When new calves are born, their animal care staff members tirelessly begin recording how often they breathe, how many times the calves nurse from their mothers each hour, and for how long they latch on during the periods of nursing. They take daily, or weekly, or monthly measurements as the calves grow, keeping track of their lengths, girths, and overall weights, giving the scientific community an inside look at accurate beluga growth rates. They note when their teeth erupt from their gums, when they begin to eat fish for the first time, and then when they consume it consistently and are considered fully weaned, allowing scientists to understand the behavioral patterns of young animals.

It is all of this information combined along with the dedication of the zoological professionals currently caring for him that gives this little beluga that stranded in the Cook Inlet in Alaska the best chance at surviving.

And this example is just one of thousands. The same can be said for black bears and bobcats orphaned by hunters, for opossums and foxes hit by cars, for sea turtles and manatees maimed by boat propellers, and eagles and hawks sickened by lead poisoning. Through the commitment of veterinarians, researchers, and animal care professionals both past and present, rescued animals receive a second chance at life.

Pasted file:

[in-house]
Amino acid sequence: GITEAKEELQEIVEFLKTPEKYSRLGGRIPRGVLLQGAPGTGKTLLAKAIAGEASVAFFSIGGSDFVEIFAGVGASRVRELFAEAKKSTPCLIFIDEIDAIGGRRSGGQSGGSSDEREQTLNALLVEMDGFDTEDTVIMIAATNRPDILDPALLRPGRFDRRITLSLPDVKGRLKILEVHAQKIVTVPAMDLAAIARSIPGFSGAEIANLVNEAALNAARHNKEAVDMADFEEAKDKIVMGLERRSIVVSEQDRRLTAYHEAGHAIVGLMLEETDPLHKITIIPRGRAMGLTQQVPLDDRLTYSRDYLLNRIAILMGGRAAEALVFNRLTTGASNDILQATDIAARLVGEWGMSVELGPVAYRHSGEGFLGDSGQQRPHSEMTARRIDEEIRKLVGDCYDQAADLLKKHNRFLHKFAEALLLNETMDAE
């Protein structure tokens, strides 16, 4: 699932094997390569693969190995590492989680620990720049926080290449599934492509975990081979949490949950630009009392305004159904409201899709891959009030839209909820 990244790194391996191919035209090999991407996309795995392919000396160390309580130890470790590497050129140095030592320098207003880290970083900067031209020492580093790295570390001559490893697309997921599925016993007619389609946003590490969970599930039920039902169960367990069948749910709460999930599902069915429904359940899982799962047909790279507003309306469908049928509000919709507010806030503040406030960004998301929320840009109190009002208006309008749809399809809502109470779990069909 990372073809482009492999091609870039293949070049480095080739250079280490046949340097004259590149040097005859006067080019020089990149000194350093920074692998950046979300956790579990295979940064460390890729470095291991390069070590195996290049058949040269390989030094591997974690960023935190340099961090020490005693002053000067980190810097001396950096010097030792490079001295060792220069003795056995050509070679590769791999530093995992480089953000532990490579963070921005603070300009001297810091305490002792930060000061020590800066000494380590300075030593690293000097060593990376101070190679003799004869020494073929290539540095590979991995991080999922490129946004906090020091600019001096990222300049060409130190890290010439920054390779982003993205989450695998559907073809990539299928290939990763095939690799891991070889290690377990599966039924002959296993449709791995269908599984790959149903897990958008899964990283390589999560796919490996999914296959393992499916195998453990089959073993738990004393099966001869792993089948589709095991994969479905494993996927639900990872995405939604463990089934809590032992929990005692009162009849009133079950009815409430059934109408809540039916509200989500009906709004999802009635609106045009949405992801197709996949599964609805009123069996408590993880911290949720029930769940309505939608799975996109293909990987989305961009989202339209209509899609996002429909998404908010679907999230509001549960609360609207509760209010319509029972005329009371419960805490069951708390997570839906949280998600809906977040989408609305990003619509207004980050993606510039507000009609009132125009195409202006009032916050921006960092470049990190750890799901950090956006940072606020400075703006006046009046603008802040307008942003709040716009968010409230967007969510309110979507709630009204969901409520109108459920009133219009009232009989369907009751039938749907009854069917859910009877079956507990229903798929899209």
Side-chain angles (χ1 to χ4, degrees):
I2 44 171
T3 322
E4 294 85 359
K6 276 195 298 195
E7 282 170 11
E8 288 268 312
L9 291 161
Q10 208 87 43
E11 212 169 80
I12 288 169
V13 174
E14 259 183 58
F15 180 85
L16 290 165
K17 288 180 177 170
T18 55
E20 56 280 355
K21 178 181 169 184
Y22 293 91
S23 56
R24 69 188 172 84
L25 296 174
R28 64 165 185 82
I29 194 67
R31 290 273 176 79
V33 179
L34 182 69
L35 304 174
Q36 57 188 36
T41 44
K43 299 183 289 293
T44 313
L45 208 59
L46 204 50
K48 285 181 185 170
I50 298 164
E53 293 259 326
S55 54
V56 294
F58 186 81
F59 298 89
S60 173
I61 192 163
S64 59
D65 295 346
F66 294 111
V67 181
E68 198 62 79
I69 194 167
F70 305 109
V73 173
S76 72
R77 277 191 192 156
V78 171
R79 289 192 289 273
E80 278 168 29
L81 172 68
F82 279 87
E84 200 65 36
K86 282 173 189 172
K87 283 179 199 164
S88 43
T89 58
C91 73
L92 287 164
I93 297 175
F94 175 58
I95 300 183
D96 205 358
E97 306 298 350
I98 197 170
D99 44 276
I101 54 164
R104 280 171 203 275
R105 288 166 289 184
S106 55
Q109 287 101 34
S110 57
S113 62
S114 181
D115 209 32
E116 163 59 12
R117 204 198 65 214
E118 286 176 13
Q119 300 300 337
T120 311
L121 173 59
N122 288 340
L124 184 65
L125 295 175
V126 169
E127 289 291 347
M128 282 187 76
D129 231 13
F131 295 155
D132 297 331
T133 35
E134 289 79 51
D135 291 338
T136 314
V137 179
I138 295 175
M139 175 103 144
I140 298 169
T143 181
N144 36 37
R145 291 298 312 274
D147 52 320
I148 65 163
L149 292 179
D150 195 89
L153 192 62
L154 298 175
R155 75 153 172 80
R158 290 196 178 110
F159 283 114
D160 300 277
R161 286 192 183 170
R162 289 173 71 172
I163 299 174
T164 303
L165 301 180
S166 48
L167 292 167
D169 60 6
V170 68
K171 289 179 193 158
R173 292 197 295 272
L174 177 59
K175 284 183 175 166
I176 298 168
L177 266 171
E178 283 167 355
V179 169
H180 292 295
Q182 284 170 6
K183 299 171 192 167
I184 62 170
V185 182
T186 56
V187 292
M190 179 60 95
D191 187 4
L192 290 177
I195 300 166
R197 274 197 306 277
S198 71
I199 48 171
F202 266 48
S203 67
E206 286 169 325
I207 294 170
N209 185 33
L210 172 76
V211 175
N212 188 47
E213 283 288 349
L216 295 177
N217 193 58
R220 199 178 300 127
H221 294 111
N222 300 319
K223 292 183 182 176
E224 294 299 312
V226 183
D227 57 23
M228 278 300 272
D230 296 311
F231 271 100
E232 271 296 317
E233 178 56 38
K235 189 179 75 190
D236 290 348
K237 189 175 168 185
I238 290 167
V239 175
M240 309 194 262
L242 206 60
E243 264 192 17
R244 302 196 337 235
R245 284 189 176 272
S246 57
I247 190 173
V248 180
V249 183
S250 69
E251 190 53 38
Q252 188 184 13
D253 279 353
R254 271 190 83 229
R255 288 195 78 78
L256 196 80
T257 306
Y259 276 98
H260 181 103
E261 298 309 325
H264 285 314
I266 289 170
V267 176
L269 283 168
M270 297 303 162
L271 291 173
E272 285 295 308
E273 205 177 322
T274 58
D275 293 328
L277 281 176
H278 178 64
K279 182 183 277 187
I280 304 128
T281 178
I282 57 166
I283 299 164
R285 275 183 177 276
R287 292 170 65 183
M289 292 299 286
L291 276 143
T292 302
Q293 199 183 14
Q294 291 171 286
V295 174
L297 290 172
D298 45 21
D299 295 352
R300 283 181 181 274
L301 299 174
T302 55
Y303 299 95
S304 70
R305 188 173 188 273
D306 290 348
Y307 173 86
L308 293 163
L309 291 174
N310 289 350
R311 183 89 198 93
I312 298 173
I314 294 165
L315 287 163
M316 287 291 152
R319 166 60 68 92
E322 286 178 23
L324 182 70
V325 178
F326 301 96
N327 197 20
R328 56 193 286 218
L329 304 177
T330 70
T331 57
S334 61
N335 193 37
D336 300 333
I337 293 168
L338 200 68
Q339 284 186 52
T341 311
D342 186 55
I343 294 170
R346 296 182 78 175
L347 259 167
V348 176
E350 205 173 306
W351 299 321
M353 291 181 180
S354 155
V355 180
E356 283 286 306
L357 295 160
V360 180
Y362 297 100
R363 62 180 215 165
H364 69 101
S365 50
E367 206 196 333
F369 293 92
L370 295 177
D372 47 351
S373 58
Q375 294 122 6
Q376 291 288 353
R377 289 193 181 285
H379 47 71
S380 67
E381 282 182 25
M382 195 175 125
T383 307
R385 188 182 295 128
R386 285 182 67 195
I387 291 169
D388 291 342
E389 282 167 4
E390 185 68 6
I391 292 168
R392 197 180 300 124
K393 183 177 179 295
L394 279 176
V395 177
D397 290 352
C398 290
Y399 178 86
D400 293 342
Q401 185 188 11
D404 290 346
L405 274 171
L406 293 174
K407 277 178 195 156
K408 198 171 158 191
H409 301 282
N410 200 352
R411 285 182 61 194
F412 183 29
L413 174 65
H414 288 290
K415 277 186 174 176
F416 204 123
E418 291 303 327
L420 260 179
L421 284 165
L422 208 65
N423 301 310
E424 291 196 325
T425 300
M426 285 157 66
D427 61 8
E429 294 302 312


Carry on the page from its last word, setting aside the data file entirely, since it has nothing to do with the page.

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(Image from Alaska SeaLife Center’s Facebook Page)

On his way toward his own second chance, this beluga calf still has many obstacles to overcome and so the public is reminded to remain cautiously hopeful as so much about his future is unclear.

But, this is certain: without the knowledge of the zoological professionals privileged to have worked with belugas elsewhere and the efforts of the Alaska SeaLife Center team members today, this little whale would already be gone.

Instead, he is in the hands of world-renowned rescuers. For this reason, he stands a chance. Good luck to the little whale and to all of those dedicated to his care. Best wishes for his future.

Cheers to All of the Zookeepers

Cheers to the zookeepers among you.

To the people who wake up early, long before the sun rises to begin preparing the animals’ diets in the always-clean commissary. To the ones that rinse lettuce and kale for the sulcata tortoises, roll raw meatballs for the Sumatran tigers, and load bales of hay and alfalfa into wheelbarrows and trucks for the Grevy’s Zebras, white rhinoceroses, and Thomson’s gazelle that all share the same sprawling exhibit. Cheers to you who cut up squash and sweet potatoes just the way that the picky eleven-year-old three-toed sloth prefers. To those who hand feed the Magellanic penguins individual capelin to make sure each of the fourteen birds gets their fill.